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Pennsylvania Found Lacking in Driving Safety Laws Study

Pittsburgh skyline by night. The rush hour traffic leaves light trails on I-279 parkway

Our Car Accident Attorneys Reveal What Pittsburgh Drivers Should Know

Car accidents happen every year in Pittsburgh and throughout Pennsylvania, on highways, busy city streets, and back roads. Lives can be changed in seconds. A driver who is speeding, texting, or engaging in other risky behavior can cause a crash that leaves people with serious injuries. Sometimes, those injuries are fatal.

Advocates for Highway & Auto Safety has released its 2022 Roadmap of State Highway Safety Laws, which takes a close look at traffic laws and fatalities in each state to see what changes could be made to help make the roads safer. One of its conclusions is that Pennsylvania needs to do more.

Traffic fatalities are “out of control”

The report lists 16 optimal laws that every state needs to have as part of a comprehensive safety program, broken into the sections of:

  • Occupant protection
  • Child passenger safety
  • Novice teen and young adult drivers (graduated driver licensing, or GDL)
  • Impaired driving
  • Distracted driving

Pennsylvania was graded “yellow,” which means a state has 6 to 10 of these laws on the books but needs improvement.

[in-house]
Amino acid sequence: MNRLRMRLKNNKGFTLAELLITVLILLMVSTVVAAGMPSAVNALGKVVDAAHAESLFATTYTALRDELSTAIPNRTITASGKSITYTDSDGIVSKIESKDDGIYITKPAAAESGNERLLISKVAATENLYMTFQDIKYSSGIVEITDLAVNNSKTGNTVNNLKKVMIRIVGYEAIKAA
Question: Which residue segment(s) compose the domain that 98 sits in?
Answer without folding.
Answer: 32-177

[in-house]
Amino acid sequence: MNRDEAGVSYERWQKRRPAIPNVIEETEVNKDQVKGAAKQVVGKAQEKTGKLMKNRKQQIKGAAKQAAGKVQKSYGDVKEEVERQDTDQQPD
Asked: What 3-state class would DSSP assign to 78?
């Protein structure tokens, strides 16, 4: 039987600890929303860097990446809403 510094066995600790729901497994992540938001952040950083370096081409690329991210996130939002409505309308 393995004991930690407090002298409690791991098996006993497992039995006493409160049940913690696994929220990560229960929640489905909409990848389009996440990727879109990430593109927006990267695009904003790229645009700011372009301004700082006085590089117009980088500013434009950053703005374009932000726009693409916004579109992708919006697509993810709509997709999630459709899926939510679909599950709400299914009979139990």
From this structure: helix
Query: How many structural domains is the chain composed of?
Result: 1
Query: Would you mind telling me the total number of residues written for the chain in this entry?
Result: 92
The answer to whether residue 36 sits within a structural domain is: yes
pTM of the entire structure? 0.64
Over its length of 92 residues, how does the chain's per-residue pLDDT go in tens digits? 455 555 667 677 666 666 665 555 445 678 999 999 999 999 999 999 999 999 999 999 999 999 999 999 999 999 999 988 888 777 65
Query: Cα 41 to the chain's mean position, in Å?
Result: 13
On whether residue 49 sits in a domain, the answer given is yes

Where does Pennsylvania come up short? The report determined that the state needs to enact a primary enforcement seat belt law for all vehicle occupants, an all-rider motorcycle helmet law, a booster seat law, and ignition interlocks for all impaired driving offenders. It also calls for the state to update its GDL laws to add a stronger nighttime restriction, a stronger passenger restriction, a cell phone restriction, and change the age to 18 for an unrestricted license.

“These findings emphasize the need for progress on traffic safety laws at the state level, said Advocates for Highway and Auto Safety president Cathy Chase in a press release. “We have proven solutions at hand. We need our nation’s leaders to step up and implement them with urgency.”

But in Pennsylvania at least, there doesn’t to be any such urgency. CBS 21 News notes that no changes have been made to the seatbelt law since it was passed in 1987. The state used to have a mandatory motorcycle helmet law, but it was repealed in 2003.

Lawmakers have allowed the maximum speed limit to go up to 70 mph from 65 mph. A bill that allows local police officers to use radar guns passed the Senate unanimously last year but has been up for a vote in the House.

The state had 1,059 traffic fatalities in 2019, the report found, for a 10-year fatality total of 12,099. The report also determined that the annual economic cost of accidents in Pennsylvania is $7,063 billion when considering property damage, medical expenses, and lost productivity.

Pittsburgh's Go-To Car Accident Lawyers

If you or a loved one was hurt in a crash, it’s important to get legal advice from an experienced car accident attorney so you don't end up losing out on the compensation you're entitled to. Romanow Law Group helps the injured in Pittsburgh fight back. Our lawyers investigate your accident, gather evidence, and build strong cases to get insurance companies to pay fair compensation for your losses. We take your case seriously from the start, and we do more so you can get more.

Discover what our law firm can do for you. Contact us today to schedule a free consultation.

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